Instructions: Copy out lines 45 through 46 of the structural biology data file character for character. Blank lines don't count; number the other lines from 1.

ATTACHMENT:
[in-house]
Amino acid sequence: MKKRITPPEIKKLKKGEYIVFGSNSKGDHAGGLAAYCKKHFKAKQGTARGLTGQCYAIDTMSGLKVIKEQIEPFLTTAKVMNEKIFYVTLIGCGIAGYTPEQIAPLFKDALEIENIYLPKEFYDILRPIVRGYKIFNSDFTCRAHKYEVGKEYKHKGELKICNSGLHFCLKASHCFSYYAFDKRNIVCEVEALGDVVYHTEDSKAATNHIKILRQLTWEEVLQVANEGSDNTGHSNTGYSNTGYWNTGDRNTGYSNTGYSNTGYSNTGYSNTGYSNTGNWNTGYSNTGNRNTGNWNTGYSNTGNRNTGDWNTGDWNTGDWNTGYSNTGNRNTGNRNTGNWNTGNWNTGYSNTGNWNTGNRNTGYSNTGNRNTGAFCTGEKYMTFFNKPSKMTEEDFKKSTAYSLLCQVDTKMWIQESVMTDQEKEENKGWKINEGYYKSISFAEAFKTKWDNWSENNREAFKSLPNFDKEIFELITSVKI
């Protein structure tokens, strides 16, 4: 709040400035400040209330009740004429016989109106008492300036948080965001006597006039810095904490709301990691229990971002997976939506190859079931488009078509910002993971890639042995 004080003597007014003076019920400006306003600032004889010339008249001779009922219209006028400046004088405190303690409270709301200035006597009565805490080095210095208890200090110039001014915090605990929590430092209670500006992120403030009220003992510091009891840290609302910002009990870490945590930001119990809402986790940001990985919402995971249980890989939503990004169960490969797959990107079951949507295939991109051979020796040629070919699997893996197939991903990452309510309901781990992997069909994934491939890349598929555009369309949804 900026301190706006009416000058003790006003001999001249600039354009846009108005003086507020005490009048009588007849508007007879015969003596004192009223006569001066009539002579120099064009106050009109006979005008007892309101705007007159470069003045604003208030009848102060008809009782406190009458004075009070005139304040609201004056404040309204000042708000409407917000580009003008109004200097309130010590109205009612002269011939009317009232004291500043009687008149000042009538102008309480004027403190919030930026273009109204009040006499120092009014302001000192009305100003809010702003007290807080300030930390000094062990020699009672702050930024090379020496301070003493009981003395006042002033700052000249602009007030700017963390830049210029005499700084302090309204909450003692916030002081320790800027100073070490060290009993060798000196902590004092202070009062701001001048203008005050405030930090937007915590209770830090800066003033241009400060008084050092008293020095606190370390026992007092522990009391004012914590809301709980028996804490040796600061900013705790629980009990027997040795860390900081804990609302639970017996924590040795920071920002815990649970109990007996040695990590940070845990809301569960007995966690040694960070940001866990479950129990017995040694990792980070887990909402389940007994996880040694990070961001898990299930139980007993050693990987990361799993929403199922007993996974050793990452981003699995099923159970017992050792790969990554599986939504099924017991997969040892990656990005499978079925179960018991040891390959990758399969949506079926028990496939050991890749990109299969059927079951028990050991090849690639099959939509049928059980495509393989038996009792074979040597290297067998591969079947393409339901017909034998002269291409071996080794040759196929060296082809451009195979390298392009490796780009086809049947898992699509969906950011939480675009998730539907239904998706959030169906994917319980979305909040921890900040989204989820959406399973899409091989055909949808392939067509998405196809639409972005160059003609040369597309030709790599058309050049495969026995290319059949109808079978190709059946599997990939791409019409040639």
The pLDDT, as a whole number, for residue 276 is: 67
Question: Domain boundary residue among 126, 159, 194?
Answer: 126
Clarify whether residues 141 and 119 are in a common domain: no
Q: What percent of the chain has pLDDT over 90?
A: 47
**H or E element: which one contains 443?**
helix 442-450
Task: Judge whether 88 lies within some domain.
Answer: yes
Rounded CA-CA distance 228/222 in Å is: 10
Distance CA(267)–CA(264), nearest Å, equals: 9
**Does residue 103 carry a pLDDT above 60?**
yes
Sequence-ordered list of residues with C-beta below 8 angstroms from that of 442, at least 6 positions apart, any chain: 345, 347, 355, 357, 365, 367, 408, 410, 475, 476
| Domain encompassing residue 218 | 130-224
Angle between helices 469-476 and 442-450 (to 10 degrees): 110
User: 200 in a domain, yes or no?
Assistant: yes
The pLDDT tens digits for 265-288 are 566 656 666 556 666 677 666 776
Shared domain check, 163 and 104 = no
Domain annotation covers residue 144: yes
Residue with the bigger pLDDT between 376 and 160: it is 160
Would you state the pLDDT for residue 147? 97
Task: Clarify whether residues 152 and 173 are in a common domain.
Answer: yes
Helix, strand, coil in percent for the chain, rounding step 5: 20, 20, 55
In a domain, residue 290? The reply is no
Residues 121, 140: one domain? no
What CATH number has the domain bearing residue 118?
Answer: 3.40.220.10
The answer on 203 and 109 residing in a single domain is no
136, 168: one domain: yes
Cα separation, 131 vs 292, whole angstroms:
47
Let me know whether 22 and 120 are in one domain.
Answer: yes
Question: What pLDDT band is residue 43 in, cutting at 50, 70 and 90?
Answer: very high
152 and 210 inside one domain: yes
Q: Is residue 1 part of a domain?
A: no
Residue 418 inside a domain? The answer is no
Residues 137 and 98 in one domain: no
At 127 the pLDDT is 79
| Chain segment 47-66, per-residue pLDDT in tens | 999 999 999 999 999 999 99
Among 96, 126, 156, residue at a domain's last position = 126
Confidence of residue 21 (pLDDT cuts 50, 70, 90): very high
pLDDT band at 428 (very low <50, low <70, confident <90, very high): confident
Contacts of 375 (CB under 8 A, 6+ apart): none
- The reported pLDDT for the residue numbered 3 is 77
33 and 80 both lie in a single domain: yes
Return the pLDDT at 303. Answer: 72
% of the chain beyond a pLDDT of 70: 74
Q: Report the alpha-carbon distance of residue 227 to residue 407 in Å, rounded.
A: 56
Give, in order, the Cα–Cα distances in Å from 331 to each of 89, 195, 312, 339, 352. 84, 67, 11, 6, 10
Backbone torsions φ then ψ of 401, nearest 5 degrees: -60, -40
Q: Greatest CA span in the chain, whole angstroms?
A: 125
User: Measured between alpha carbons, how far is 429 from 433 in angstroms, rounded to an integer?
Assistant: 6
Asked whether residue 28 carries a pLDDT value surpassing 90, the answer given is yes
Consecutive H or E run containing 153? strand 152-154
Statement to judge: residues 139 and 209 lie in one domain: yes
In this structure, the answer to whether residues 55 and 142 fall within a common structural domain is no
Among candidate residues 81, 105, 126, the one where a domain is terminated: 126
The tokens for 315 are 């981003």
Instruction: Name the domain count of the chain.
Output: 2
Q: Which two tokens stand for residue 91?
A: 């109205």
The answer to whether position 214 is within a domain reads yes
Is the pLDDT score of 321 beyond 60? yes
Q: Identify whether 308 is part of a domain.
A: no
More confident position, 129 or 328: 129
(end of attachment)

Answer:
A: no
Residue 418 inside a domain? The answer is no